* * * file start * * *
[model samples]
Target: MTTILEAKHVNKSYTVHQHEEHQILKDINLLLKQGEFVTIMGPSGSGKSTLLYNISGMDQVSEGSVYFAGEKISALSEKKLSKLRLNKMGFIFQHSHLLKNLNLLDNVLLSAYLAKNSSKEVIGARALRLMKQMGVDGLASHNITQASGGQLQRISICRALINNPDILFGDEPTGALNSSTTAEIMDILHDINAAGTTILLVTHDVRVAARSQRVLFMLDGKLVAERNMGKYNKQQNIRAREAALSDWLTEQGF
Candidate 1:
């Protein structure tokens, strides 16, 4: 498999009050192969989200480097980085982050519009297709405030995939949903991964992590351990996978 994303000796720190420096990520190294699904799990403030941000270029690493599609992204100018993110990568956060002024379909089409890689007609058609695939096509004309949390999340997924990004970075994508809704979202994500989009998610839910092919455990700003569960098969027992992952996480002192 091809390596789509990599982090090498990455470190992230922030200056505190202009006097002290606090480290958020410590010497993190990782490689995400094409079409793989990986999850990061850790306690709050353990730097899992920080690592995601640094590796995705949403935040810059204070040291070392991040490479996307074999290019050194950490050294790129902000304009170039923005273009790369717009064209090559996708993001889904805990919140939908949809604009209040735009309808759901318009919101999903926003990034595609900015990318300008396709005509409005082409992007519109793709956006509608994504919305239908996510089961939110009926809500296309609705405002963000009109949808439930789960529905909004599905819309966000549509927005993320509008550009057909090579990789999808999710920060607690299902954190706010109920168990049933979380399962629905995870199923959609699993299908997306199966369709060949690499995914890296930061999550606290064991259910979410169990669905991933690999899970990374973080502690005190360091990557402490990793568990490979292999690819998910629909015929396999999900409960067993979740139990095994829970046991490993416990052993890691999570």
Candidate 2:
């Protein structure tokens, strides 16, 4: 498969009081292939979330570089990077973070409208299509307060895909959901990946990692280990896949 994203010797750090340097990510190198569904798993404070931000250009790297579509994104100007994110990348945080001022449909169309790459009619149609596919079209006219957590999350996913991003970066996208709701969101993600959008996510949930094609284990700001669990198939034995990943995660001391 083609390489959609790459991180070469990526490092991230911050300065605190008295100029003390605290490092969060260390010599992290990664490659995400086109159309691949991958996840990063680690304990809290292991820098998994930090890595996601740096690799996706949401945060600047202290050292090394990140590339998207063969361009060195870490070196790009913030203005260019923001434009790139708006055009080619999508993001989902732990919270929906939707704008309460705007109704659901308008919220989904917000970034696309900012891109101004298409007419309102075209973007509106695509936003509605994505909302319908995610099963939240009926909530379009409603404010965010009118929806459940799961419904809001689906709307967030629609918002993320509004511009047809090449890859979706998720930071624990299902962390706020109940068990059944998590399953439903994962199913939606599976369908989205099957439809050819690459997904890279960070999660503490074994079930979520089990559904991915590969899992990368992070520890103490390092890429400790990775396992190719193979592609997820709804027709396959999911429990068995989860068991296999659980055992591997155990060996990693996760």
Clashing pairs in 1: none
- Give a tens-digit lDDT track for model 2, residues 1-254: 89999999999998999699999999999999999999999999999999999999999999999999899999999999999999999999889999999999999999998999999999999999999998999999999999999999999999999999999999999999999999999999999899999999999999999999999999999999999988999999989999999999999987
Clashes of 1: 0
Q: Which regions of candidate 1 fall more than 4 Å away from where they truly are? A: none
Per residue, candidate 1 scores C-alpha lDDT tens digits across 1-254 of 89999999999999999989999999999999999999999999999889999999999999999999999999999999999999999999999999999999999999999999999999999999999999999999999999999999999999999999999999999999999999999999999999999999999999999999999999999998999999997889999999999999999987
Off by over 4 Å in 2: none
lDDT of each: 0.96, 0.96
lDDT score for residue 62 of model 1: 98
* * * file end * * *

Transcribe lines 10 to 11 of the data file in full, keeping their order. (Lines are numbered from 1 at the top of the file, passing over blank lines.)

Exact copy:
Q: Which regions of candidate 1 fall more than 4 Å away from where they truly are? A: none
Per residue, candidate 1 scores C-alpha lDDT tens digits across 1-254 of 89999999999999999989999999999999999999999999999889999999999999999999999999999999999999999999999999999999999999999999999999999999999999999999999999999999999999999999999999999999999999999999999999999999999999999999999999999998999999997889999999999999999987